Calum Jacobs is a writer, editor and creative practitioner from South London. He launched CARICOM Magazine in 2017, a print and online platform dedicated to discussing football and broader culture through a Black lens. 

Praise for A New Formation:

‘A New Formation is quite simply one of the most important football books ever written… A New Formation tells new stories, forgotten stories, undervalued stories, and does so with heart and humanity and humour. It’s our game, as narrated by the people who love it.‘ – Jonathan Liew

A New Formation will be published on 21st April 2022. It is available for pre-order on Hive and other online retailers and bookshops.


An Olive Grove in Ends by Moses McKenzie

Sayon Hughes, a young Black man from Bristol, dreams of a world far removed from the one in which he was raised. Growing up, Sayon found respite from the chaos of his environment in the love and loyalty of his brother-in-arms, Cuba; in the example of his cousin Hakim, a man once known as the most infamous drug-dealer in their neighbourhood, now a proselytising Muslim; and in the tenderness of his girl, Shona, whose own sense of purpose galvanises Sayon’s.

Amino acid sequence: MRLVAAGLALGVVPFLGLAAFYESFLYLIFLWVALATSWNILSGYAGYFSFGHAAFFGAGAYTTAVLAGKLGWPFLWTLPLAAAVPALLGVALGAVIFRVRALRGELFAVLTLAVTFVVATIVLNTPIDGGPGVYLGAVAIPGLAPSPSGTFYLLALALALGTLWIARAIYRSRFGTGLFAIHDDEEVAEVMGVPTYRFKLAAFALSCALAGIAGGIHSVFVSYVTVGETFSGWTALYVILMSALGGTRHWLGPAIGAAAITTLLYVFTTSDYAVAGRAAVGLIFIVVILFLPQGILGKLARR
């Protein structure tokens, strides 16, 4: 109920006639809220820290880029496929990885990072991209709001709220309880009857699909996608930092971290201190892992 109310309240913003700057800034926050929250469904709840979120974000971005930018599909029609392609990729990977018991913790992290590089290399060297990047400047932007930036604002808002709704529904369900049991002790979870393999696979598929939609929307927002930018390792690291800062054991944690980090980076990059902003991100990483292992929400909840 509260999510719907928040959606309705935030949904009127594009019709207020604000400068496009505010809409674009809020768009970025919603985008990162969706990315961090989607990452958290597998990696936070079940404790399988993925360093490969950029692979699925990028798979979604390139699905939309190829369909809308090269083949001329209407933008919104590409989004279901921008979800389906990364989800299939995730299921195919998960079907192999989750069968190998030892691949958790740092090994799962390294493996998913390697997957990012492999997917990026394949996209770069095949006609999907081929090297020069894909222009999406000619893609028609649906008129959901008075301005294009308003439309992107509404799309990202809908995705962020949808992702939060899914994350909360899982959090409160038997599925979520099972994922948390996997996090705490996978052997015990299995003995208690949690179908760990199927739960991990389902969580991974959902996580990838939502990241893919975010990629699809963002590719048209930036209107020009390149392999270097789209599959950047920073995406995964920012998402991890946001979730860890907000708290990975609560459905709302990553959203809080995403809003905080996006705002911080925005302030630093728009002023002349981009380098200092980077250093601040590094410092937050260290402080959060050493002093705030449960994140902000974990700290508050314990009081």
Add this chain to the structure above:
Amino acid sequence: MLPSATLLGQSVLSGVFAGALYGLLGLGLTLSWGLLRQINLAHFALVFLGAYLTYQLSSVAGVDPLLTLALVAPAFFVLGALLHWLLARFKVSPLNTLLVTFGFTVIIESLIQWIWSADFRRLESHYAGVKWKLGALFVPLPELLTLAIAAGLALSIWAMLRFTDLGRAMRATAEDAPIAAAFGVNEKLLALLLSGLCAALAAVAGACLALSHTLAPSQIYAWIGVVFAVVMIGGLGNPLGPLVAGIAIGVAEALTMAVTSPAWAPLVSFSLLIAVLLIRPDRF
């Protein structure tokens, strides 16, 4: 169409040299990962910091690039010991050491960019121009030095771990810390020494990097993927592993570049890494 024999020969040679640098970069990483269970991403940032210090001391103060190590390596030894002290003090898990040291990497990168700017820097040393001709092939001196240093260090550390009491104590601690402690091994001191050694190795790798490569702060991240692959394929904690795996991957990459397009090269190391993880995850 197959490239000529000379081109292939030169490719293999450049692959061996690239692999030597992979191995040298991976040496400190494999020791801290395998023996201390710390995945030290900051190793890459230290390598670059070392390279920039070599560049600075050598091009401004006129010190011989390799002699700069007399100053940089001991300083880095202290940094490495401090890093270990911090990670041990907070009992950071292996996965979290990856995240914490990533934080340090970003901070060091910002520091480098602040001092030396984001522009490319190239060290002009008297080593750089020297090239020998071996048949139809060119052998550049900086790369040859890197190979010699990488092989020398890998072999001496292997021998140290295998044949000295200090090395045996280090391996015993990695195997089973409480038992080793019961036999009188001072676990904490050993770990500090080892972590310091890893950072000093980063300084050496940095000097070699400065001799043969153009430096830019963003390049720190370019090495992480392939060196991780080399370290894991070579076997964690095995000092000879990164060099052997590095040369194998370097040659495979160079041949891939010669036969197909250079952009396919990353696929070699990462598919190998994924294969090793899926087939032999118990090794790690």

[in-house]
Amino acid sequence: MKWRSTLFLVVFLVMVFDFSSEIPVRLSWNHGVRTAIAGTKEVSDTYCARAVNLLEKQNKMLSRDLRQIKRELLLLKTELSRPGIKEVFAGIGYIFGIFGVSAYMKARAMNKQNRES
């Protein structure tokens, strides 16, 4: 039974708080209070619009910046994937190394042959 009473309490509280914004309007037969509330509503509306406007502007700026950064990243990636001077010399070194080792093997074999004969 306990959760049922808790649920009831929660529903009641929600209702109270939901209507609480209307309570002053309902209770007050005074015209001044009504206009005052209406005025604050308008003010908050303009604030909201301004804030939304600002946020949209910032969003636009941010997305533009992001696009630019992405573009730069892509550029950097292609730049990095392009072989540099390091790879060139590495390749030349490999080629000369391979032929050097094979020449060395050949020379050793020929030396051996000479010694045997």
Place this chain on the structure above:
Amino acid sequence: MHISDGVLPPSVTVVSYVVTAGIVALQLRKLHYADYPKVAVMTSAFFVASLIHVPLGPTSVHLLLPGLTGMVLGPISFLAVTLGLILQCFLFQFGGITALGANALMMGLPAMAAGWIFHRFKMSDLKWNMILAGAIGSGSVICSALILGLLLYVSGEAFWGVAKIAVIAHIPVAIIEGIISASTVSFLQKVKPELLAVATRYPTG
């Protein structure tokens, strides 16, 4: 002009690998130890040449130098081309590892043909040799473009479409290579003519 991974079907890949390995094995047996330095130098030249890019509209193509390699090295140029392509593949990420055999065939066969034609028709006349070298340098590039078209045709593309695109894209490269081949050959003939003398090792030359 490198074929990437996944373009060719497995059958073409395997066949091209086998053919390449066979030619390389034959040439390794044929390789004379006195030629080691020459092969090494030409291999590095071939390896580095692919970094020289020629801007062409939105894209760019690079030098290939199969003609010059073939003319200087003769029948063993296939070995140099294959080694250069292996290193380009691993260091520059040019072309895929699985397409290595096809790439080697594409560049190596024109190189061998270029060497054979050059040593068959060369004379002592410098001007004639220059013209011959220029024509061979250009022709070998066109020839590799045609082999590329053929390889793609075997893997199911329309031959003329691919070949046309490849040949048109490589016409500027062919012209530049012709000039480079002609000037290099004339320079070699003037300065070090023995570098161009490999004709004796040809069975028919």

In return, Sayon wants to give the people he loves the world: a house atop a grand hill in the most affluent area of the city, a home in which they can forever find joy and safety. But after an altercation in which a boy is killed, Sayon finds his loyalties torn and his dream of a better life in peril.

Moses McKenzie is a debut novelist based in Bristol. Production company Pulse Films has optioned the rights to adept the upcoming novel for television.

Praise for An Olive Grove in Ends:

A remarkable debut, bristling with sharp prose and daring originality’ – Nathan Harris, author of The Sweetness of Water

‘A phenomenally good novel, tense and thrilling and complex, with breath-stealing moments on every page’ – Donal Ryan, author of Strange Flowers

An Olive Grove in Ends will be published on 28th April 2022. It is available for pre-order on Hive and other online retailers and bookshops.


Do Right And Fear No One by Leslie Thomas QC